699. listening wind

Remain In Light is one of those albums that changed me forever. Because here were the Talking Heads, a so-called New Wave band, embracing every sound (musical and otherwise) that the world had to offer and making it work, brilliantly, rearranging how my ears heard music. Listening Wind comes from toward the end of Side-B and speaks of wide open spaces, infinity even, all manner of mystery and imagination and reasons to live. I’ve watched a lot of suns set to this one, and even a few rise.” (Philip Random)

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705. mea culpa

“In which David Byrne and Brian Eno step outside of the Talking Heads for a bit and, to no surprise, end up changing music forever. No, My Life in the Bush of Ghosts didn’t invent sampling (Holger Czukay was already messing around with disembodied voices inside and out of Can), but it did rather open the gates, with Mea Culpa proving ideal for heroic doses of LSD, assuming you were up to it. I wasn’t always. I recall once hearing  it at a gloomy, January dusk, a riverbank, a cold wind blowing. We were in the flight path of the local airport. I became convinced an incoming plane was crashing. But it wasn’t the plane. It was me.” (Philip Random)

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747. the great pretender

“It says 1974 on the cover but Brian Eno‘s second solo album Taking Tiger Mountain (by strategy) will always be pure 1981 for me. Weird and oft times jagged pop was pretty much perfectly in synch with the times and thus not at all afraid to just dissolve into abstraction if necessary. Which was fine by me given all the acid I was taking. I needed those dissolutions, like at the end of The Great Pretender when the crickets (or whatever they are) just take over, suck us into the insect realm, alien and strange.” (Philip Random)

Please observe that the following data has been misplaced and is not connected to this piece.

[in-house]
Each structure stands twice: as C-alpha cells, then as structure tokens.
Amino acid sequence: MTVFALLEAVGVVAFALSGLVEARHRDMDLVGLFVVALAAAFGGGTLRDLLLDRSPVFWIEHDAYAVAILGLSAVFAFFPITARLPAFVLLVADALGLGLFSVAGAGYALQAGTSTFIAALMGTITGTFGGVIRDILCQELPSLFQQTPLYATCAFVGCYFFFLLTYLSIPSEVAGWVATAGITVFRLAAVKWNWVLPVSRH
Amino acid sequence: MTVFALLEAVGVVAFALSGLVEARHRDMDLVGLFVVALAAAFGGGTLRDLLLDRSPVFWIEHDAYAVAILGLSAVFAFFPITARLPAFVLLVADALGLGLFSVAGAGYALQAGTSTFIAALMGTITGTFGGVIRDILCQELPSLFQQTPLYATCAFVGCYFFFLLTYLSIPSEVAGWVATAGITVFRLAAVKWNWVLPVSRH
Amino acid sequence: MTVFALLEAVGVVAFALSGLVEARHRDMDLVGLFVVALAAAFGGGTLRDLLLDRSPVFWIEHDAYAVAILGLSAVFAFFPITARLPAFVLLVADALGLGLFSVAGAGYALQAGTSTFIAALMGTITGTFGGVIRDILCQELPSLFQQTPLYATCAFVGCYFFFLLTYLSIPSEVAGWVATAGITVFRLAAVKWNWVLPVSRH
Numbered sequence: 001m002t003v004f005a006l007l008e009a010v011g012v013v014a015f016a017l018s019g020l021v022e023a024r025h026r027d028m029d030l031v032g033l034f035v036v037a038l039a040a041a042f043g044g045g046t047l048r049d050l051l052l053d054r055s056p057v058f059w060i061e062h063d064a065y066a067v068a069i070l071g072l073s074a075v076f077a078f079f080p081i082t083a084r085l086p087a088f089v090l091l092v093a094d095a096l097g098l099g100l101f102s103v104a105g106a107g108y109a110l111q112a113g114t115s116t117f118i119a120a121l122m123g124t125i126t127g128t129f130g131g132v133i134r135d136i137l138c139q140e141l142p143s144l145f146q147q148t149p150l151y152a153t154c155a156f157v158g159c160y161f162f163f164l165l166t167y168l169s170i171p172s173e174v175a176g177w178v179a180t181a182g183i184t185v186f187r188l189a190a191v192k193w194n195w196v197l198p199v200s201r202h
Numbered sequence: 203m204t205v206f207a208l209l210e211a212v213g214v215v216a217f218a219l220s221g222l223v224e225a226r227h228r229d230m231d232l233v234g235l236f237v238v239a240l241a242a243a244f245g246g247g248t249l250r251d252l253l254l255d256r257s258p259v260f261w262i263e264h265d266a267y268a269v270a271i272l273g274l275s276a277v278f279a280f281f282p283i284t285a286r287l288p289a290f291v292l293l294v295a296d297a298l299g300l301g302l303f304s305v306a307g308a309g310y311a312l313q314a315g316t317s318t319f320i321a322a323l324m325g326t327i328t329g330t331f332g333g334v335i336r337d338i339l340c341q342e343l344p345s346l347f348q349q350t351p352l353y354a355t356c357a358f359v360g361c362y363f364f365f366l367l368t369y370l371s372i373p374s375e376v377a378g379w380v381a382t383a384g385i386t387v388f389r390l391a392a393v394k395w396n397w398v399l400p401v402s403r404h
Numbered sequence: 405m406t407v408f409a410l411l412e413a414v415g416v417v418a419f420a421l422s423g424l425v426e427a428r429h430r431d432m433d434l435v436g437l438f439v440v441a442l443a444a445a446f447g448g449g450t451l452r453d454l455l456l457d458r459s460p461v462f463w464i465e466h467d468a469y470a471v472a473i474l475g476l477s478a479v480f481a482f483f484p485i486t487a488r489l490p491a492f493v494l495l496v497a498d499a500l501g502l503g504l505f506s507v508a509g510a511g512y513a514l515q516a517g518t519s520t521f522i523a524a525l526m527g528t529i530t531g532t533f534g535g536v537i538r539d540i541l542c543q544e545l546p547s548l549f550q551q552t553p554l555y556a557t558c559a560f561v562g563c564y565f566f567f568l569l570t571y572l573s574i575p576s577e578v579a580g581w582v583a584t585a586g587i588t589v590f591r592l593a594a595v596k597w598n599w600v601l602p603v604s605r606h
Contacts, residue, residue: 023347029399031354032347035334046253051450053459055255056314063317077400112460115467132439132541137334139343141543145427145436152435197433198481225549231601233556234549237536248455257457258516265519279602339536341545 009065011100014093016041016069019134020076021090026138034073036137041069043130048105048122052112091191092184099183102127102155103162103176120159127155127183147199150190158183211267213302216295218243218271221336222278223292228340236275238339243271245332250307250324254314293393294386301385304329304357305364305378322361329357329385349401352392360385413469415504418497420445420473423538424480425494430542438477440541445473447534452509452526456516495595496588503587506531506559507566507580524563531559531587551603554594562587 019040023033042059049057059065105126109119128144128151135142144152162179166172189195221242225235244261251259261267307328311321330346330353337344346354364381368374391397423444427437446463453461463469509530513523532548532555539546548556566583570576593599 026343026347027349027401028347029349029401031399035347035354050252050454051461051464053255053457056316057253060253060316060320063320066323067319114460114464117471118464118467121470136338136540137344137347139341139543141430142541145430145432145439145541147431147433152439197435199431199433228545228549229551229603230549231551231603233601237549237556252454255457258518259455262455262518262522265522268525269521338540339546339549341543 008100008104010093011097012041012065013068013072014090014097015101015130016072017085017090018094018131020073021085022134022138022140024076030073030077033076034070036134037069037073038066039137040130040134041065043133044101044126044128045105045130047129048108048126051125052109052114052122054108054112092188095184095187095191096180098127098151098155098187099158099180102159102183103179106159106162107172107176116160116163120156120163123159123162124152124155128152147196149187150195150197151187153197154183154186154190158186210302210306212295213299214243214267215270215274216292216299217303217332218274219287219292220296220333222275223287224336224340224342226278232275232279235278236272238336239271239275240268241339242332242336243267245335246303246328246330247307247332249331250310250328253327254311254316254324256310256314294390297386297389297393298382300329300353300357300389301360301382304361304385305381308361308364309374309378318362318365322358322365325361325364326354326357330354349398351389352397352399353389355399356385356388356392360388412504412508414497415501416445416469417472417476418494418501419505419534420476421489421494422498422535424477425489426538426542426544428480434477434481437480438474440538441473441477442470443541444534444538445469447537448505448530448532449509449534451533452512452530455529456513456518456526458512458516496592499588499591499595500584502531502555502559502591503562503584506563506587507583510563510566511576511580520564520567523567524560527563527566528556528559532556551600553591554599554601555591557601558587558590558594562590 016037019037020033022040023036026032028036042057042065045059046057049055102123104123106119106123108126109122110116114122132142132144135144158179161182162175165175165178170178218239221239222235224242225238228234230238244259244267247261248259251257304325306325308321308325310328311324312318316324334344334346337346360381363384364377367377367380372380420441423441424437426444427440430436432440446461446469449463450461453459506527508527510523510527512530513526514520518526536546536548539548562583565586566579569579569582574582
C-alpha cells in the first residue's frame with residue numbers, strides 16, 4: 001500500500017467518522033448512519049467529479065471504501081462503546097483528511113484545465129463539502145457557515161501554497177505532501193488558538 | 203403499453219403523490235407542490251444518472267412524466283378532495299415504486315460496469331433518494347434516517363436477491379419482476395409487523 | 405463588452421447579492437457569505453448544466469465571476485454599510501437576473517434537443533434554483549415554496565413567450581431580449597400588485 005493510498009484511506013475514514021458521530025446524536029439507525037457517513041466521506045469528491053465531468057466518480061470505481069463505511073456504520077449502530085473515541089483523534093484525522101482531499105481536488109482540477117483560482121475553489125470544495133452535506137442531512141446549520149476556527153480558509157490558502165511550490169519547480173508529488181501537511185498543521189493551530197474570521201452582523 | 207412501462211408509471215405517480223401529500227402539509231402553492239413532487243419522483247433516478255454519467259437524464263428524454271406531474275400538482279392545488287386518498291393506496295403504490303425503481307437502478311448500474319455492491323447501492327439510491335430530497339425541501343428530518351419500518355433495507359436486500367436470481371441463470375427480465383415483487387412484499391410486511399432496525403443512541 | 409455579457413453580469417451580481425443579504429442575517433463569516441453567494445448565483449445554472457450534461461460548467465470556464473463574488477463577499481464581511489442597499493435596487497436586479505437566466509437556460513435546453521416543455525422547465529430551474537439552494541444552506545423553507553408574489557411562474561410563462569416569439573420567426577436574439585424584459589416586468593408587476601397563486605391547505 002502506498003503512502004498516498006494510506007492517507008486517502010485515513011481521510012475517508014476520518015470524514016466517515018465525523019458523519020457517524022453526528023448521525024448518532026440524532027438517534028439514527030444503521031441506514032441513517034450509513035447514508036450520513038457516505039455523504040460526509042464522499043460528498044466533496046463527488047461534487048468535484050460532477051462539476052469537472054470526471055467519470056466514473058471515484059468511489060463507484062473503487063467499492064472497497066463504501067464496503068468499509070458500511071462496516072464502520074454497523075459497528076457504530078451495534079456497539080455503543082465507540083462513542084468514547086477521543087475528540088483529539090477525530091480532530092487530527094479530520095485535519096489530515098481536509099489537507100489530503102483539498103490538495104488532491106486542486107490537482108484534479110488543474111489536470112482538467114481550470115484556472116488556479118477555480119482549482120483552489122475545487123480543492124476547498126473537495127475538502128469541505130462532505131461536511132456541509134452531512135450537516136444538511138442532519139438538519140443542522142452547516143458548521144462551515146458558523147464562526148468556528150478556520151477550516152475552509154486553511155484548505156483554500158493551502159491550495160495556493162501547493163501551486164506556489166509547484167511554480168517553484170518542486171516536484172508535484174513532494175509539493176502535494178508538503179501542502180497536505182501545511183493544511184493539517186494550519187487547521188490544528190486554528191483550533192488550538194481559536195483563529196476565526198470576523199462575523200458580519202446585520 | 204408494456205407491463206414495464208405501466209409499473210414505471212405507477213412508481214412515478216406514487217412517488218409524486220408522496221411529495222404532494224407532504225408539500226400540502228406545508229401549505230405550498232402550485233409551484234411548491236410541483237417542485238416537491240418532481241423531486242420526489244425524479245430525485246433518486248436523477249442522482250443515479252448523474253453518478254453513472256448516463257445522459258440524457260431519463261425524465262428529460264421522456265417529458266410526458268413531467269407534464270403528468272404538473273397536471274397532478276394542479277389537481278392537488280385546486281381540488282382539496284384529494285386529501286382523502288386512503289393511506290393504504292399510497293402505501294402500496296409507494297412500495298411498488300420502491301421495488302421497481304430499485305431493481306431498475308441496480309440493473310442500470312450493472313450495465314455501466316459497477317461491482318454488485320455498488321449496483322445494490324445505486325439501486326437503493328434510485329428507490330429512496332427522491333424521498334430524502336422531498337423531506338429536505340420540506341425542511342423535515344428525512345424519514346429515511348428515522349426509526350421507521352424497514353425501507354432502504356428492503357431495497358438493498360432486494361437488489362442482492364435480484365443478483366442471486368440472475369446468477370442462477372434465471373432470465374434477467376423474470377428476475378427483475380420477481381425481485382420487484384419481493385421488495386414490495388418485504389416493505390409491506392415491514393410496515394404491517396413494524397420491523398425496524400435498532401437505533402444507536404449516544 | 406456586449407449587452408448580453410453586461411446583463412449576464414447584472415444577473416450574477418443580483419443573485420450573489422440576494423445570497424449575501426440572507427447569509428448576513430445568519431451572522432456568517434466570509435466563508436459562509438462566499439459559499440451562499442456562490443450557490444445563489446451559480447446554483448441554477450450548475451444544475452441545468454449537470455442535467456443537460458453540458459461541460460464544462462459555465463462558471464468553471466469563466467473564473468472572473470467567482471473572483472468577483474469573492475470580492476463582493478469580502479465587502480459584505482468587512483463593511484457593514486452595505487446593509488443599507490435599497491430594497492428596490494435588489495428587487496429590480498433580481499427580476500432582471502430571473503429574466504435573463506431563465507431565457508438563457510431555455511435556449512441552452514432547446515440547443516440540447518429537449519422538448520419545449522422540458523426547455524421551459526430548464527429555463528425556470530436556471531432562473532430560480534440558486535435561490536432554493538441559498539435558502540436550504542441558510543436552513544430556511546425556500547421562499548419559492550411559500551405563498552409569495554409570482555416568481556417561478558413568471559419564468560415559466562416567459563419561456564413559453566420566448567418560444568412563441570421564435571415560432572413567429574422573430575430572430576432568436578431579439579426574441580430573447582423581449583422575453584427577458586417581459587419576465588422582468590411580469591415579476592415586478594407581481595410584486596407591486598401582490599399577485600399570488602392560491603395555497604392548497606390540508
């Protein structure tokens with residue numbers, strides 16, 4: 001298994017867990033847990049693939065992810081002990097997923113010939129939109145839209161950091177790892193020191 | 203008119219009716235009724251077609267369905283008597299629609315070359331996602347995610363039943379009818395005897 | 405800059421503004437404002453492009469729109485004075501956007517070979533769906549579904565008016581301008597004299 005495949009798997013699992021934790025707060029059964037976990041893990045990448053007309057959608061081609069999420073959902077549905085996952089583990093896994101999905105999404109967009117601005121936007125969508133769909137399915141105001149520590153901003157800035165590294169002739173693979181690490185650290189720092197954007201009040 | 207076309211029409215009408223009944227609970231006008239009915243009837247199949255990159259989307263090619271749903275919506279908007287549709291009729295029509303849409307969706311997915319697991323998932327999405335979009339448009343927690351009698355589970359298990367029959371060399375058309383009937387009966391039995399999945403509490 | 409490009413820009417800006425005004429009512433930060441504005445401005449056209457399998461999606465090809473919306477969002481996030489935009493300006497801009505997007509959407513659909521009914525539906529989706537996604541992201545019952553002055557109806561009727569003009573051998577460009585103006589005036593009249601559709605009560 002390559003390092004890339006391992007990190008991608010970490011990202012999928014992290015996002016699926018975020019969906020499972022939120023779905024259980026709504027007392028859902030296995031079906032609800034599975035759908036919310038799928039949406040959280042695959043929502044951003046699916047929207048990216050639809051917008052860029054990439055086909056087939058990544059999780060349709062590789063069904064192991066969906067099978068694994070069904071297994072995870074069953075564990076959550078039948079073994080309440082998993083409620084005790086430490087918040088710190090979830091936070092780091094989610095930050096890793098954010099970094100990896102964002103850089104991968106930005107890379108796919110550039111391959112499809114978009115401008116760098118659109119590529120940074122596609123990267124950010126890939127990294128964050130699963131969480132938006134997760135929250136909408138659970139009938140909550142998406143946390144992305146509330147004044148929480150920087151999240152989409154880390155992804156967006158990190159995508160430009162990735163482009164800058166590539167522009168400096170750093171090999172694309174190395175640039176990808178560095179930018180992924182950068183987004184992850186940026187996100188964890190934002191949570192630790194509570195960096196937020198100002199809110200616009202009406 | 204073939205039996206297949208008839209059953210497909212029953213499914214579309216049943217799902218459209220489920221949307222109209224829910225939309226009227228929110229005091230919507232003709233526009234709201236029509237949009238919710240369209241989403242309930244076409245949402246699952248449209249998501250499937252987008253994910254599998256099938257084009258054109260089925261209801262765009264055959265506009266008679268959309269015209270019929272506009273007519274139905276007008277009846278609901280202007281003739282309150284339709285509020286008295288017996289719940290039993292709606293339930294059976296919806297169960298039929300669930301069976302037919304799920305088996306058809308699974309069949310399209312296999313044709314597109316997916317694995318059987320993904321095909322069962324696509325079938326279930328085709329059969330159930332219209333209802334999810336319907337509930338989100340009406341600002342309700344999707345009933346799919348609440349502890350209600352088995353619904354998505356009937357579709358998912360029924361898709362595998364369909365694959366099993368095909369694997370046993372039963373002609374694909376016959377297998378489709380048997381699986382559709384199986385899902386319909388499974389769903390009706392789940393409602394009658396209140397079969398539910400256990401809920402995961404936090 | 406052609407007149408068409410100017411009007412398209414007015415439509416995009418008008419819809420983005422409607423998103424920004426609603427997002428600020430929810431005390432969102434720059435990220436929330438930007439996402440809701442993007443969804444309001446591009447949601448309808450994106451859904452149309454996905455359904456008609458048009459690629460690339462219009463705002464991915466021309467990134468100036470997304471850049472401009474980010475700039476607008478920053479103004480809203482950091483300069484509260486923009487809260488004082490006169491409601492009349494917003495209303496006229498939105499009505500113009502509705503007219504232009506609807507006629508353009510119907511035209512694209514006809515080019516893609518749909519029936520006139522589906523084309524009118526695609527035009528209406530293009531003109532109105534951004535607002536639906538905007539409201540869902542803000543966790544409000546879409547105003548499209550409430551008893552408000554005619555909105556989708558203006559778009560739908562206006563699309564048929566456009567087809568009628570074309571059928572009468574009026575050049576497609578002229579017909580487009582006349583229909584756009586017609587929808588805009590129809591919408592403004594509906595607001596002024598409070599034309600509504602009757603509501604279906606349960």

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787. king’s lead hat

“Second of two in a row from Brian Eno’s Before And After Science, because the already post-punk frenzy of King’s Lead Hat has never really sounded right to me unless it’s fading up from the strange and sensual calm of Energy Fools the Magician (and vice versa). In fact, the whole first side of that album is an argument for the whole being more than the sum of its parts, even as the parts are, in turns, disorienting, magnificent, groovy, abstract, intense, everything. And Side Two – well, that’s a whole other kind of journey.” (Philip Random)

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788. energy fools the magician

“It took me a while to warm to what Brian Eno was up to come the later 1970s. Actually, what it took was a dose of weapons grade LSD, a small town, a brutal winter night, a bunch of people playing foosball, listening to Doobie Brothers and Steely Dan … and something had to change. I couldn’t change the people or the town or even go outside really, it was too f***ing cold. But I did have this cassette tape in my pocket that someone had recently given me. I could change the music, and inevitably, effectively, seductively, about four tracks in, energy fooled the magician, and nothing’s ever really been the same.” (Philip Random)

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866. dead finks don’t talk

Here Come the Warms Jets, Brian Eno’s 1974 solo debut, didn’t find me until early 1981, but the timing was nevertheless perfect, as I was gobbling lots of psychedelics at the time, imposing apocalypse on everything I’d ever accepted or believed, opening great holes in my brain and soul that only purposefully deranged dada-POP such as Dead Finks Don’t Talk could adequately fill.” (Philip Random)